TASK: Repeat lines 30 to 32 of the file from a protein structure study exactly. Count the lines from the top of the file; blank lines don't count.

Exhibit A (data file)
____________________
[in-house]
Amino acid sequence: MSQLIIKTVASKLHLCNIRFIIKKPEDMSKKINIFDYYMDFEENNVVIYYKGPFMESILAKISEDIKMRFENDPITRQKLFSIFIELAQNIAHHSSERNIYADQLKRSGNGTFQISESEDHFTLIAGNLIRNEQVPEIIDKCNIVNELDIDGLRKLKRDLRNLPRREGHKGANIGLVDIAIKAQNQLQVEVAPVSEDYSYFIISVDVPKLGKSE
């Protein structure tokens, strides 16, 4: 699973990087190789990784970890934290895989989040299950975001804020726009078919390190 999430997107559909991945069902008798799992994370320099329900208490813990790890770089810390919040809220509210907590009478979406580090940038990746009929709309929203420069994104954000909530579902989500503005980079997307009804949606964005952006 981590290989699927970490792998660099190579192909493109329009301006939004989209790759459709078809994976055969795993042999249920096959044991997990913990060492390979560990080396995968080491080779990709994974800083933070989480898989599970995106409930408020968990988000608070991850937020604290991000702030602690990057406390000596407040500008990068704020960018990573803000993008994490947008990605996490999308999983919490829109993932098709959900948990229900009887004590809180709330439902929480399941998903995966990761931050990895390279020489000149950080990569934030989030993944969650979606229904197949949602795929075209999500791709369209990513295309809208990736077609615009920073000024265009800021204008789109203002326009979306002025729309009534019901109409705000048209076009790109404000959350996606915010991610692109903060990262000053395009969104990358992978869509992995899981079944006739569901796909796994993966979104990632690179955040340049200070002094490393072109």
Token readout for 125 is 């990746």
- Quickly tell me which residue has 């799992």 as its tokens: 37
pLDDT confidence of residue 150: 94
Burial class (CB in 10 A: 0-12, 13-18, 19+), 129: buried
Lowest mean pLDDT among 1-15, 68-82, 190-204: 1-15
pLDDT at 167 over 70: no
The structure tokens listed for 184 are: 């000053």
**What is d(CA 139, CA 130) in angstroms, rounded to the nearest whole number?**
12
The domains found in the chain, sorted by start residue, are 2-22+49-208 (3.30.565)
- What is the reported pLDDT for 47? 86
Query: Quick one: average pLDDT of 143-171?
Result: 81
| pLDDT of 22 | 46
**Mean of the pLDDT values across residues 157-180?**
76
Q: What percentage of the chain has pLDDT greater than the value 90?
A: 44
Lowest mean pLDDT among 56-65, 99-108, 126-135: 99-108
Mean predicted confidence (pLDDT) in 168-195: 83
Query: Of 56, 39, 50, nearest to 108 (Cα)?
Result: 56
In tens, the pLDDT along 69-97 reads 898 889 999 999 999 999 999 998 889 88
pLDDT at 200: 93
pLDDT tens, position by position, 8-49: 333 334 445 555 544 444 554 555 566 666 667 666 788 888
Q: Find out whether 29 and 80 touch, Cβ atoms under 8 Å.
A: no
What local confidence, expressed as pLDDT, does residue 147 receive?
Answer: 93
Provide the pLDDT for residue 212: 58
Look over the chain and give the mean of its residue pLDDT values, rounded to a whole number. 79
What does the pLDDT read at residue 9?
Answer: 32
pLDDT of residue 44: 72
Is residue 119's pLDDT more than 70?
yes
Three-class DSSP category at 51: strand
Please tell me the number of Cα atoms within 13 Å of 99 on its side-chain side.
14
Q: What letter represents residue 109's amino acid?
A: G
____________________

A: no
What local confidence, expressed as pLDDT, does residue 147 receive?
Answer: 93